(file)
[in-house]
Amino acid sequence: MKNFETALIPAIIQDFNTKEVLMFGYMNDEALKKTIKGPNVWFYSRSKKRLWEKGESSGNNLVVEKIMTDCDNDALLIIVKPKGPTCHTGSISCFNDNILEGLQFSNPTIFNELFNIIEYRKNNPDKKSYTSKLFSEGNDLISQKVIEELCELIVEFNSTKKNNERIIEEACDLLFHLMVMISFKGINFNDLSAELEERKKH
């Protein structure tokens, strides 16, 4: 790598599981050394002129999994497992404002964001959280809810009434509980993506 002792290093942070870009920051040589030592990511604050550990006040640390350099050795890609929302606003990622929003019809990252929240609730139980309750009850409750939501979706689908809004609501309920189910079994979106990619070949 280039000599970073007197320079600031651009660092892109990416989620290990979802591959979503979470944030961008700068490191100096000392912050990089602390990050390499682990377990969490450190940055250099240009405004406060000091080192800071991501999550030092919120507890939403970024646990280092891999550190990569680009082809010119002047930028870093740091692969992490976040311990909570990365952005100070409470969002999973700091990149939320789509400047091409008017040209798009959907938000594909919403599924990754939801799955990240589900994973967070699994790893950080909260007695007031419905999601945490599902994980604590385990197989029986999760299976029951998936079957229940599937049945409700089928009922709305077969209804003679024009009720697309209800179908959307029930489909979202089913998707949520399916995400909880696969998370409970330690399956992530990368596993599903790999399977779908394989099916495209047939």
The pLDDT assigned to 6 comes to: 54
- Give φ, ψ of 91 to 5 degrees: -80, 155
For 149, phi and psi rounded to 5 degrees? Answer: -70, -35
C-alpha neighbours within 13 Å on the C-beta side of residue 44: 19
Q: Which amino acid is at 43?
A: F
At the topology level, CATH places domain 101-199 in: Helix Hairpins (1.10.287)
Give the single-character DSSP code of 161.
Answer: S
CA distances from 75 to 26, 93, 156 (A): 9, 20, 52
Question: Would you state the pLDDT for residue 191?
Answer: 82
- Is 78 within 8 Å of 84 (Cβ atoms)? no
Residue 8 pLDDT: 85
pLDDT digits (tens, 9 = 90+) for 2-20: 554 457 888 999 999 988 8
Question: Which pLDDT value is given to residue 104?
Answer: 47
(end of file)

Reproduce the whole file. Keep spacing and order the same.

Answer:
[in-house]
Amino acid sequence: MKNFETALIPAIIQDFNTKEVLMFGYMNDEALKKTIKGPNVWFYSRSKKRLWEKGESSGNNLVVEKIMTDCDNDALLIIVKPKGPTCHTGSISCFNDNILEGLQFSNPTIFNELFNIIEYRKNNPDKKSYTSKLFSEGNDLISQKVIEELCELIVEFNSTKKNNERIIEEACDLLFHLMVMISFKGINFNDLSAELEERKKH
């Protein structure tokens, strides 16, 4: 790598599981050394002129999994497992404002964001959280809810009434509980993506 002792290093942070870009920051040589030592990511604050550990006040640390350099050795890609929302606003990622929003019809990252929240609730139980309750009850409750939501979706689908809004609501309920189910079994979106990619070949 280039000599970073007197320079600031651009660092892109990416989620290990979802591959979503979470944030961008700068490191100096000392912050990089602390990050390499682990377990969490450190940055250099240009405004406060000091080192800071991501999550030092919120507890939403970024646990280092891999550190990569680009082809010119002047930028870093740091692969992490976040311990909570990365952005100070409470969002999973700091990149939320789509400047091409008017040209798009959907938000594909919403599924990754939801799955990240589900994973967070699994790893950080909260007695007031419905999601945490599902994980604590385990197989029986999760299976029951998936079957229940599937049945409700089928009922709305077969209804003679024009009720697309209800179908959307029930489909979202089913998707949520399916995400909880696969998370409970330690399956992530990368596993599903790999399977779908394989099916495209047939």
The pLDDT assigned to 6 comes to: 54
- Give φ, ψ of 91 to 5 degrees: -80, 155
For 149, phi and psi rounded to 5 degrees? Answer: -70, -35
C-alpha neighbours within 13 Å on the C-beta side of residue 44: 19
Q: Which amino acid is at 43?
A: F
At the topology level, CATH places domain 101-199 in: Helix Hairpins (1.10.287)
Give the single-character DSSP code of 161.
Answer: S
CA distances from 75 to 26, 93, 156 (A): 9, 20, 52
Question: Would you state the pLDDT for residue 191?
Answer: 82
- Is 78 within 8 Å of 84 (Cβ atoms)? no
Residue 8 pLDDT: 85
pLDDT digits (tens, 9 = 90+) for 2-20: 554 457 888 999 999 988 8
Question: Which pLDDT value is given to residue 104?
Answer: 47